UA-65274002-1 Jump to content
Sign in to follow this  
Schurkey

1998 Monte ABS, HVAC wiring, Air filter

Recommended Posts

The ABS light on the dash has been on for awhile.  A popped tire, I think, tore the RF ABS harness.  I was too lazy to fix it right away.  I had the same problem on a '92 Lumina--RF sensor harness open to road splash.

What happens is that water gets inside the insulation of the broken wires, and corrodes the wire down towards the sensor, and up towards the engine compartment.  The corroded wire can't be soldered, solder won't stick to it.  And it's a mess to clean off with flux and heat.  If the wire corrosion is only a few inches, you can cut the section out and splice to clean wire.  In this case, the wire was rotted all the way down to the sensor connector, and all the way up to the engine compartment connector.  I disconnected that section of the ABS harness at both ends, and opened it up for inspection.  There was "no hope", so I visited my favorite Treasure Yard and grabbed a replacement harness complete with the bulkhead grommet that goes through the strut-tower.

Wheel sensor end of ABS harness.  Note corroded, blackened wire

Monte_ABS_01.jpg

 

Engine compartment end of ABS harness, almost to the strut-tower grommet.  Wire is still corroded black.

Monte_ABS_02.jpg

 

Replacement harness from Treasure Yard, including grommet and retainer clip where it goes through the strut tower

Monte_ABS_03.jpg

ABS repair entirely successful, I didn't even have to clear any codes.  I got in, drove it, and the ABS warning light turned itself off.  Scan tool shows all four wheel sensors providing the same vehicle speed to the ABS when I drive.

 

Next repair was due to a plugged air conditioning drain nipple (Duckbill).  The condensation wouldn't drain from the evaporator box.  When I'd take a left turn, the condensation would slosh into the blower fan and make noise, and also produce "fog" from the A/C vents.  If I'd gone under the car, found the silly little drain nipple very near the exhaust downtube, pulled it off and cleaned it, the water wouldn't have corroded the blower-motor resistor pack. 

Drain nipple, cleaned-out.  Pulling this off the stub-pipe on the firewall released about a quart of water--condensation from the A/C evaporator.

Monte_HVAC_01.jpg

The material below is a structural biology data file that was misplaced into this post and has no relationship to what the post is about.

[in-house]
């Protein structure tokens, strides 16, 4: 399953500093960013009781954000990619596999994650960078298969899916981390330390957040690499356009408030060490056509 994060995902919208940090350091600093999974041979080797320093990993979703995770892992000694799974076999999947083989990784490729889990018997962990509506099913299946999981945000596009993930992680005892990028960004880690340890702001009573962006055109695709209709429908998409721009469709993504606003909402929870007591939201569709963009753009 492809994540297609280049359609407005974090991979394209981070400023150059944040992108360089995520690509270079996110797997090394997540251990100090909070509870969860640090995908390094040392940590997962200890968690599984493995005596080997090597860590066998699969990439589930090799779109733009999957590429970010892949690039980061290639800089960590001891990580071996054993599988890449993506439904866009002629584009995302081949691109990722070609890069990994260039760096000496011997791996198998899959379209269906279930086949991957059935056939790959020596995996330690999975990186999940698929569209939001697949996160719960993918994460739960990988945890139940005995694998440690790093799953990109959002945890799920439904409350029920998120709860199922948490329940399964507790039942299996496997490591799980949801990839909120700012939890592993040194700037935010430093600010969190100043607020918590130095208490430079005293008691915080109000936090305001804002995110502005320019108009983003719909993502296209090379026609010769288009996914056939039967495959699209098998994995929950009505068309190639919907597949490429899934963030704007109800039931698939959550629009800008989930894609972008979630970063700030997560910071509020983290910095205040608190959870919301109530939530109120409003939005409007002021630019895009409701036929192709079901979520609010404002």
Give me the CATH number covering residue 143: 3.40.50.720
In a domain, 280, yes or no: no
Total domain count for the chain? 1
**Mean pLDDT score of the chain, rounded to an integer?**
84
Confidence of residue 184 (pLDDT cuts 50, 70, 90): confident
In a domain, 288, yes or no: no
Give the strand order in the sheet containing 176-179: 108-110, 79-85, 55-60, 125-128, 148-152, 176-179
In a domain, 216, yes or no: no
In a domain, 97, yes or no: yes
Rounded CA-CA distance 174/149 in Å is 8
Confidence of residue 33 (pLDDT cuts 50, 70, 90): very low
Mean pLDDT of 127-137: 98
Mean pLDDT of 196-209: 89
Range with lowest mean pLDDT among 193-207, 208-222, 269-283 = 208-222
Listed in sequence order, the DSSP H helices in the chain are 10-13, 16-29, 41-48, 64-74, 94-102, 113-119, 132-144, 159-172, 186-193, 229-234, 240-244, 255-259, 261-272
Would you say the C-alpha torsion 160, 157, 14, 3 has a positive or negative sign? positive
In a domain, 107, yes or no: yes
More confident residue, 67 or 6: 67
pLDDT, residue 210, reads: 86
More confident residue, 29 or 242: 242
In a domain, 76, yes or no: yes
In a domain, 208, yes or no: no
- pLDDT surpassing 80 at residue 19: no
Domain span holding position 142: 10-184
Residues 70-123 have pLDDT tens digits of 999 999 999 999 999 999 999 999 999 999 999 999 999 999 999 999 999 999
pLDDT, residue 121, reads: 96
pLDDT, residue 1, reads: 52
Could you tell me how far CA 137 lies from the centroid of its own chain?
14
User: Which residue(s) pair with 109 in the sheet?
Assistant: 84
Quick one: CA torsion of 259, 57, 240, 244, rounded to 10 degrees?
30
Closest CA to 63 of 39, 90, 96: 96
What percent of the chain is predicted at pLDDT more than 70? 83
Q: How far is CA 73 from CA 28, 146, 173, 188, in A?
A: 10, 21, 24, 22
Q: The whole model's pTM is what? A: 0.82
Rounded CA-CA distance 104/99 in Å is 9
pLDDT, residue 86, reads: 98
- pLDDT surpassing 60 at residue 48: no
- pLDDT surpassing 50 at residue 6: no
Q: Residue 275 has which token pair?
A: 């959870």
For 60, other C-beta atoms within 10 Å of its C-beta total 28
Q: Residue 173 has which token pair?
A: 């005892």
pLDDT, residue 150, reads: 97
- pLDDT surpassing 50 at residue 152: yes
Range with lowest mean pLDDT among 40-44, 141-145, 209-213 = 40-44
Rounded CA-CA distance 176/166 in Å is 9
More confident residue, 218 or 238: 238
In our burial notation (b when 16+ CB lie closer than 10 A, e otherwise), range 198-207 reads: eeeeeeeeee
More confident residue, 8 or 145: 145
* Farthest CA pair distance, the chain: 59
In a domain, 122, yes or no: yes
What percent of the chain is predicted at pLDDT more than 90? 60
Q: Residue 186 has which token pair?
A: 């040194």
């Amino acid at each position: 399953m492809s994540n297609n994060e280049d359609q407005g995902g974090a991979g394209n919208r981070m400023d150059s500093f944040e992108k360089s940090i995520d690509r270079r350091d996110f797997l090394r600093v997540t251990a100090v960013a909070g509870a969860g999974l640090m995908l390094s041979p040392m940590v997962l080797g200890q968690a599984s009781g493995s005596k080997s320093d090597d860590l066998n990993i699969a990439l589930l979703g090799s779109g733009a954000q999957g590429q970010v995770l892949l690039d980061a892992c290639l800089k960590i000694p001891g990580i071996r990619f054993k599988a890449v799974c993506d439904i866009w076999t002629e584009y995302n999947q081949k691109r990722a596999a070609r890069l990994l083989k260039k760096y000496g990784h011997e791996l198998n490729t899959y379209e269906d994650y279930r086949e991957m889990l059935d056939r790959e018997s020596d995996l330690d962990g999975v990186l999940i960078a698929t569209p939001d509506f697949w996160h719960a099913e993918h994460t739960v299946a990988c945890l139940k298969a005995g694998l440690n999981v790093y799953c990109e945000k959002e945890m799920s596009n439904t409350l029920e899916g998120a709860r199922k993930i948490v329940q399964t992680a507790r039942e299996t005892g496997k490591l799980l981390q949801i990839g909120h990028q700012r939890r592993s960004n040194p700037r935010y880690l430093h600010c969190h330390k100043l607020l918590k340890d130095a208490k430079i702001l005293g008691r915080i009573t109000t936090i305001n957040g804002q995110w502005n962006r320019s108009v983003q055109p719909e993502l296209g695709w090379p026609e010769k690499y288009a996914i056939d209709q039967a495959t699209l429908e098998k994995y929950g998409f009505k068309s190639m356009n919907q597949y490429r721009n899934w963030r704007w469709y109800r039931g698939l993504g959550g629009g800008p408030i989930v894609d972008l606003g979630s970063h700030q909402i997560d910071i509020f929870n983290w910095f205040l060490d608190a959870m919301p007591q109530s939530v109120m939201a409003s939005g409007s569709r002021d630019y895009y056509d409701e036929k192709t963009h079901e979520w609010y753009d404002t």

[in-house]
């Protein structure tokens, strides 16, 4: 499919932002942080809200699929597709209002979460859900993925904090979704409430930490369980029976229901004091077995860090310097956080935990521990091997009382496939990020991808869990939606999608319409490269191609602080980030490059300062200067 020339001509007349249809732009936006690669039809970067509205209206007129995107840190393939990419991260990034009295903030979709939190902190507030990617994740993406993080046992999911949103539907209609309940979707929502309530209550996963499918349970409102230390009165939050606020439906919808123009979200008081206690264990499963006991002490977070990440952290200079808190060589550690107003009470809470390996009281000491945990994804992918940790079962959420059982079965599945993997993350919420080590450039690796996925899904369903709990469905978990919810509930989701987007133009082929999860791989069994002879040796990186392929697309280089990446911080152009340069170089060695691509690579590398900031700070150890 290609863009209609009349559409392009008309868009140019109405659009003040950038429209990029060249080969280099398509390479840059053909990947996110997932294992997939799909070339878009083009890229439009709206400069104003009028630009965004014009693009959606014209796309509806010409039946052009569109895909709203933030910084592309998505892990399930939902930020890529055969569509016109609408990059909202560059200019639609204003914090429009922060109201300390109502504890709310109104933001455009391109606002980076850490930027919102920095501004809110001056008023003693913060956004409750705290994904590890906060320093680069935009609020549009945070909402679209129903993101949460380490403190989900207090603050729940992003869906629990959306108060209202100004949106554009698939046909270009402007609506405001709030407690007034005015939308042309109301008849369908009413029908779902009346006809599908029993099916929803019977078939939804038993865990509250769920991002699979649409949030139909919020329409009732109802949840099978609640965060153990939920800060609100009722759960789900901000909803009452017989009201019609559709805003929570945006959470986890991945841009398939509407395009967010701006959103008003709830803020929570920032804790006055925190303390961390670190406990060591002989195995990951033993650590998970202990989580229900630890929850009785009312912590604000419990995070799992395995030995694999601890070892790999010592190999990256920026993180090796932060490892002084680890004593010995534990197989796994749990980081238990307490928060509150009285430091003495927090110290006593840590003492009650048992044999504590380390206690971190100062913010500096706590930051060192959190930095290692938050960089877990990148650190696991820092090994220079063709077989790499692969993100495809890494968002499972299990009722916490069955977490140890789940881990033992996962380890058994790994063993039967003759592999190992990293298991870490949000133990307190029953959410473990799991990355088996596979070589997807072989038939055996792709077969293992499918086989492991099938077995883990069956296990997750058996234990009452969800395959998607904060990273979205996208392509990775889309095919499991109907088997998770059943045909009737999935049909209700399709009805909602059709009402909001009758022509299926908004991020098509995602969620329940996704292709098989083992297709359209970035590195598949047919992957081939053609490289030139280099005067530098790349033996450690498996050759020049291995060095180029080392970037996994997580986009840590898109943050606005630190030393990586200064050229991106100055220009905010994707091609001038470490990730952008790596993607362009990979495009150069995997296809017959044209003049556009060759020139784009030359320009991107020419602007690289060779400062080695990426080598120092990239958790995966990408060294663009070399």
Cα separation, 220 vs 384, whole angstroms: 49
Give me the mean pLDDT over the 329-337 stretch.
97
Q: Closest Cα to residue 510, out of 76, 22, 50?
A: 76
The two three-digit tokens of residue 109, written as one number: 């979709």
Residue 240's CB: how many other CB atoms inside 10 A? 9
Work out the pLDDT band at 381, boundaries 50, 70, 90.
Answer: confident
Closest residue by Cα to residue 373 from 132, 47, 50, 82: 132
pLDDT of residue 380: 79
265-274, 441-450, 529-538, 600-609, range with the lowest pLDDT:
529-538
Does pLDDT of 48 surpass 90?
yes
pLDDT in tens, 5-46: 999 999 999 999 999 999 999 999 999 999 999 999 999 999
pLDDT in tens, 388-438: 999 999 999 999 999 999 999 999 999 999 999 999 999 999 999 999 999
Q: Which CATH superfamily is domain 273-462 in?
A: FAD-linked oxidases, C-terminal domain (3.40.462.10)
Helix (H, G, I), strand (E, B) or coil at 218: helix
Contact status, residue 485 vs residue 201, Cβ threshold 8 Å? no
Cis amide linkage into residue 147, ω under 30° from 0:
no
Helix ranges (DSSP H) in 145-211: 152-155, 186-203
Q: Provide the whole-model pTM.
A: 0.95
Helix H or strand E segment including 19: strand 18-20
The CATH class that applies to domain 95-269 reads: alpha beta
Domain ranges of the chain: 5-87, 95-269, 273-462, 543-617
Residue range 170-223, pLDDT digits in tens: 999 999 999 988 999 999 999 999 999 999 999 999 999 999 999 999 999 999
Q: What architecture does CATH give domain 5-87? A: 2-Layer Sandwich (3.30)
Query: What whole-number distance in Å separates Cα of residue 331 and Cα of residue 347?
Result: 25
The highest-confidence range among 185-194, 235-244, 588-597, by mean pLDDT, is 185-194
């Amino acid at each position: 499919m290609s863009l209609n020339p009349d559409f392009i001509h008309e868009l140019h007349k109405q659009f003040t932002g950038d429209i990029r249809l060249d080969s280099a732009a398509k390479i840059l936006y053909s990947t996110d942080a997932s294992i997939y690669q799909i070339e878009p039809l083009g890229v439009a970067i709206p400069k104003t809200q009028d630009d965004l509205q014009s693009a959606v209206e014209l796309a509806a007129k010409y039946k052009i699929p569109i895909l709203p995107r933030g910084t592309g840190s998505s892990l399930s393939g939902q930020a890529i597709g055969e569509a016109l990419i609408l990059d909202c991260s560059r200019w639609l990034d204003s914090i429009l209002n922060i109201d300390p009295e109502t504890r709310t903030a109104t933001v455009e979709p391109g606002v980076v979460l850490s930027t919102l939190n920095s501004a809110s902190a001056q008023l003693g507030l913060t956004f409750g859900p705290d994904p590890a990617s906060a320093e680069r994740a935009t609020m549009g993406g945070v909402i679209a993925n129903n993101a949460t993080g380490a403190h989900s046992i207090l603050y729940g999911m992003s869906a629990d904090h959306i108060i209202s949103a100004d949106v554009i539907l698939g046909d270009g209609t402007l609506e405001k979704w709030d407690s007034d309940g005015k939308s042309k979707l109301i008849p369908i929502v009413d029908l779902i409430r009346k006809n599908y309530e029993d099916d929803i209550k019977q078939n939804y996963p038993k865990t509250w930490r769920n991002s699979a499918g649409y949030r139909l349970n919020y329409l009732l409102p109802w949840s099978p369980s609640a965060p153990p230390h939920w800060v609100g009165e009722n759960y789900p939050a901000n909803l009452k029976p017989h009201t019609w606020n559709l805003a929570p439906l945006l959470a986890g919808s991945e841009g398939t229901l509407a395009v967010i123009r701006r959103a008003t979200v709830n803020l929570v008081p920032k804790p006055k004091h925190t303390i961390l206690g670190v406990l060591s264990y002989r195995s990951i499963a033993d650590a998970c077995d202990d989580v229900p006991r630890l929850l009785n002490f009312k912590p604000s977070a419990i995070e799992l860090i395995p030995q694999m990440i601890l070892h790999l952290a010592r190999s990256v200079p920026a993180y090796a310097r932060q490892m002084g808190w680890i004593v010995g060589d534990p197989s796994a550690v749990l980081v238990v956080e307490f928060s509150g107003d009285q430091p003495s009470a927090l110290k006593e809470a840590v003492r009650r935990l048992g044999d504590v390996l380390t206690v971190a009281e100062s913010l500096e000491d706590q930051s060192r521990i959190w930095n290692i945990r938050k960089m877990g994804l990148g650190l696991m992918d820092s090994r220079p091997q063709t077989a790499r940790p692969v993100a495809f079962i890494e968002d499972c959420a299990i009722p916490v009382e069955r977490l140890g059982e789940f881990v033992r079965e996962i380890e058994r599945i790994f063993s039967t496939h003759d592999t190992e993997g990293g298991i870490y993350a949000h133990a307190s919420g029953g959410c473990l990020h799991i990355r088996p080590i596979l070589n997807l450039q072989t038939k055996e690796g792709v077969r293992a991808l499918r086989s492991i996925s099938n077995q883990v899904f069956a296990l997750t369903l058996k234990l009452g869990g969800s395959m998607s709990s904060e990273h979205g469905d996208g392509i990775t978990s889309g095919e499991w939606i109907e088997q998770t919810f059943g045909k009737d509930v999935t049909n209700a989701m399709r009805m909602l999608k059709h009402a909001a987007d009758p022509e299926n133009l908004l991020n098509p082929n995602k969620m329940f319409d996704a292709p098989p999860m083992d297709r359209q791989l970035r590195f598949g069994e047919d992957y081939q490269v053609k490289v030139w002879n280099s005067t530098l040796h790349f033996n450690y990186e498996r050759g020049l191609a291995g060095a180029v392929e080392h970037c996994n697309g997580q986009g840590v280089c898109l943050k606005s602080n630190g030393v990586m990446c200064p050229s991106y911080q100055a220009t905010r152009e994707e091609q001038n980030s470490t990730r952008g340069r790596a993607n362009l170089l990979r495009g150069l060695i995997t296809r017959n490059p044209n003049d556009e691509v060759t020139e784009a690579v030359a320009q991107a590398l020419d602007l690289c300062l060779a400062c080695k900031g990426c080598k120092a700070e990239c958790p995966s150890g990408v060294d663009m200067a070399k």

By the time I got around to attending to this, the resistor connector had corroded so bad I couldn't get it off of the resistor pack, and there was no current flow through the resistors--so the fan speed switch had "off", "off 1", "off 2", "off 3" and "High". 

Monte_HVAC_02.jpg

 

Corrosion extends to the underside of the connector.  I couldn't get the connector to release--it's corroded together.

Monte_HVAC_03.jpg

Getting at the resistors is a bitch.  First I removed the interior hush panel on the far right side under the dash (two barbed connections hold it in place) and then there's three screws in the resistor pack WAY forward by the firewall, to the side of the blower motor.  The resistor pack faces "up", so there's almost no tool clearance to put a 7/32 socket on the screws next to the firewall.  Once I removed the corroded resistor pack I clipped the wire harness a few inches from the connector.  Again, the Treasure Yard supplied a replacement resistor pack and connector, with eight inches or so of wire harness. 

Monte_HVAC_04.jpg

I connected the replacement harness to the vehicle harness using a 4-prong weatherpack connector pair.   I could have soldered the wires directly, or crimped them without a connector.

 

Lastly, I decided that perhaps I should check the engine air filter.  No special reason, but I know I haven't done it in years.  Pulled an entire mouse-nest out of the filter box.  Car would still go 70 mph +.  There really didn't seem to be a problem with performance--but perhaps the next drive with a new filter will show improved performance I didn't know I was missing.

Monte_AirFilter_01.jpg

 

I gotta stop procrastinating on vehicle maintenance.  Each of these issues was made worse by not taking care of things right away.  Next up:  replace fuel filter, inspect spark plugs 'n' wires, inspect/replace radiator cap and coolant hoses.

Edited by Schurkey

Share this post


Link to post
Share on other sites